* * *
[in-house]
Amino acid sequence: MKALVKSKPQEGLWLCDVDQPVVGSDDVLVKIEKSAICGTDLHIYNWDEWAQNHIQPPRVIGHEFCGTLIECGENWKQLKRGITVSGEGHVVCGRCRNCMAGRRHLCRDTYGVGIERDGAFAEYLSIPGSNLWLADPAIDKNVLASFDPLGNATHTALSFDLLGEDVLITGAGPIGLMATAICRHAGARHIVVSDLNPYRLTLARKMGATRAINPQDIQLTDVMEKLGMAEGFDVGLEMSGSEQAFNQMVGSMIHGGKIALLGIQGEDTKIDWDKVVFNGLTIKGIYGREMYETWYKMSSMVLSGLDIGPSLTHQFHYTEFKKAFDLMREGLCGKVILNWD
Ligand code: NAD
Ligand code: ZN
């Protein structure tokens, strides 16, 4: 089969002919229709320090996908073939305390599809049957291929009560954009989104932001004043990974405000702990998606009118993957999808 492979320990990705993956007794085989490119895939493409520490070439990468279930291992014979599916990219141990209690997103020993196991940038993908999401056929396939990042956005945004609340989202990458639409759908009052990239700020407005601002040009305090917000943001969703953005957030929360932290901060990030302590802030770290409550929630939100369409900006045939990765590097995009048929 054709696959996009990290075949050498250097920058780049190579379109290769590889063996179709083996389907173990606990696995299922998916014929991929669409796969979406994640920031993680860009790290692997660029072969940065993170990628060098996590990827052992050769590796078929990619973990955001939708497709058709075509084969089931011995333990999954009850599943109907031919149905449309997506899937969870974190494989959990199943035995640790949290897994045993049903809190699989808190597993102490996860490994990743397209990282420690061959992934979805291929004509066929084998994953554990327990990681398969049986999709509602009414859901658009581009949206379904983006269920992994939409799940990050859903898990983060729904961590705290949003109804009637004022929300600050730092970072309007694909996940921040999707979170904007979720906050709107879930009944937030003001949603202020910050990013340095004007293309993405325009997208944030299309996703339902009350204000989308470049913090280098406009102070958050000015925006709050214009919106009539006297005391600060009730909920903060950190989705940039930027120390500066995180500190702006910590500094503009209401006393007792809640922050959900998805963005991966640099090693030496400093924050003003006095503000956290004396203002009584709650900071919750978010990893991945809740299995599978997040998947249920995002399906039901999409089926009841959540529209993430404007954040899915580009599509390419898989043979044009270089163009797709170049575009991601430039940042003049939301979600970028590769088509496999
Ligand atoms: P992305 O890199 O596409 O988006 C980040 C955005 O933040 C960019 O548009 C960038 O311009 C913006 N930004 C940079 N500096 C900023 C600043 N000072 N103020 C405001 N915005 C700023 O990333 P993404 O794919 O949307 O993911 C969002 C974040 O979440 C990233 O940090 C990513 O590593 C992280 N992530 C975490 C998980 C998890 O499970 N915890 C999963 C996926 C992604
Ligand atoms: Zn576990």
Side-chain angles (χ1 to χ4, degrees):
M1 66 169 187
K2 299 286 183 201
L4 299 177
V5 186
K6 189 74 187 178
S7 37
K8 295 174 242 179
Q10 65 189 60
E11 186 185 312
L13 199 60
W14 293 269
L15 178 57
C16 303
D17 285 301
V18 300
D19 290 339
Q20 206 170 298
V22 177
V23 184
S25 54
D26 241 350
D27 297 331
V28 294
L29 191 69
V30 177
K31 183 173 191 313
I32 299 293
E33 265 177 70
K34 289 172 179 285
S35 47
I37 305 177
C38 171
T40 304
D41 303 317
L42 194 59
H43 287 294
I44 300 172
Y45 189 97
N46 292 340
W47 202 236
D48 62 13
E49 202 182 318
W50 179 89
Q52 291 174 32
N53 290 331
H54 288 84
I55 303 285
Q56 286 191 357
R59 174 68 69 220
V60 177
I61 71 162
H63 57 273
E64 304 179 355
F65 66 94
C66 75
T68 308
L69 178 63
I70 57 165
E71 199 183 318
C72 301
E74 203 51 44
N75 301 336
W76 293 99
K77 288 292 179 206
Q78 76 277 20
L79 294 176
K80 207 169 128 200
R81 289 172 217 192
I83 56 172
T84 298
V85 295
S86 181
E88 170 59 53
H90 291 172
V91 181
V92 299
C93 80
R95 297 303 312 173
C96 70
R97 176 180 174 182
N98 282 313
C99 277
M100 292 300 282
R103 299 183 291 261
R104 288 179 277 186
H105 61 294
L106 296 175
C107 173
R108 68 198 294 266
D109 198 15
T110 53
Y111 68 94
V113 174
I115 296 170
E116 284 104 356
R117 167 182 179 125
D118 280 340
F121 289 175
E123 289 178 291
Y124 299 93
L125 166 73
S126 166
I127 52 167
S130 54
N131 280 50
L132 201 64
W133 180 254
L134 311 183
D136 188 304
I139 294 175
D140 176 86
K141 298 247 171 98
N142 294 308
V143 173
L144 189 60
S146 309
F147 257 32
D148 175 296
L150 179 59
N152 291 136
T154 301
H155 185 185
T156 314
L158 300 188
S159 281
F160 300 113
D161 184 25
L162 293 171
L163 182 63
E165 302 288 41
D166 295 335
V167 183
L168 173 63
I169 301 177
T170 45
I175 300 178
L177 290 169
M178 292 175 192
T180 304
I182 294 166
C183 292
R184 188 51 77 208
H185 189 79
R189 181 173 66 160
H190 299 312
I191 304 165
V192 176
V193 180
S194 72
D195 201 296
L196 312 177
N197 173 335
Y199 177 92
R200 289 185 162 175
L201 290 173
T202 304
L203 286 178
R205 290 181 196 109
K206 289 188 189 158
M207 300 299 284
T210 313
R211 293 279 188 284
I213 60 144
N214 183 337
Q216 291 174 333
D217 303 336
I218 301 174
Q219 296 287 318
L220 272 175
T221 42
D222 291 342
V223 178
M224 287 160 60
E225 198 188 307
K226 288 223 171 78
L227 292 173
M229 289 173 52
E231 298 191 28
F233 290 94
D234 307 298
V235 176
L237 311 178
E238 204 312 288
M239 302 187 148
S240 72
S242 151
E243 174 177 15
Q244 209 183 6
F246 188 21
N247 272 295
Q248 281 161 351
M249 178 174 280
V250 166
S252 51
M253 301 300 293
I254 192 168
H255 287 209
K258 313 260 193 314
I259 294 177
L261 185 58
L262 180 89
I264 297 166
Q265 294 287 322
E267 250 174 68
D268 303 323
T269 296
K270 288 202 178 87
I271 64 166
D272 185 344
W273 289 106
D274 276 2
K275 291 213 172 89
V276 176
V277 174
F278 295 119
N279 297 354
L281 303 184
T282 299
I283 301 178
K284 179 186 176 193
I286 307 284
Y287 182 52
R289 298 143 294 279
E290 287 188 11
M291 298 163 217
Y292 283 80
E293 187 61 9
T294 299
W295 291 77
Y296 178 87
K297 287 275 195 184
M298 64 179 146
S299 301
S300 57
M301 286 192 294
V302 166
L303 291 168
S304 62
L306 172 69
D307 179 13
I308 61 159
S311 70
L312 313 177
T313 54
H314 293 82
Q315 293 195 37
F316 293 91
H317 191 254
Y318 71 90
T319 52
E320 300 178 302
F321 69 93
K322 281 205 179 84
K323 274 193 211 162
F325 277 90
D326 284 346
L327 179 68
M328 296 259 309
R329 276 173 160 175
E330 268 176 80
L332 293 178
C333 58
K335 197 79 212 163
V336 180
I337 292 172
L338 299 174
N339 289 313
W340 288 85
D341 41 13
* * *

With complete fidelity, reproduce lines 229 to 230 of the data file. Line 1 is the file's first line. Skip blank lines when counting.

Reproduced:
I286 307 284
Y287 182 52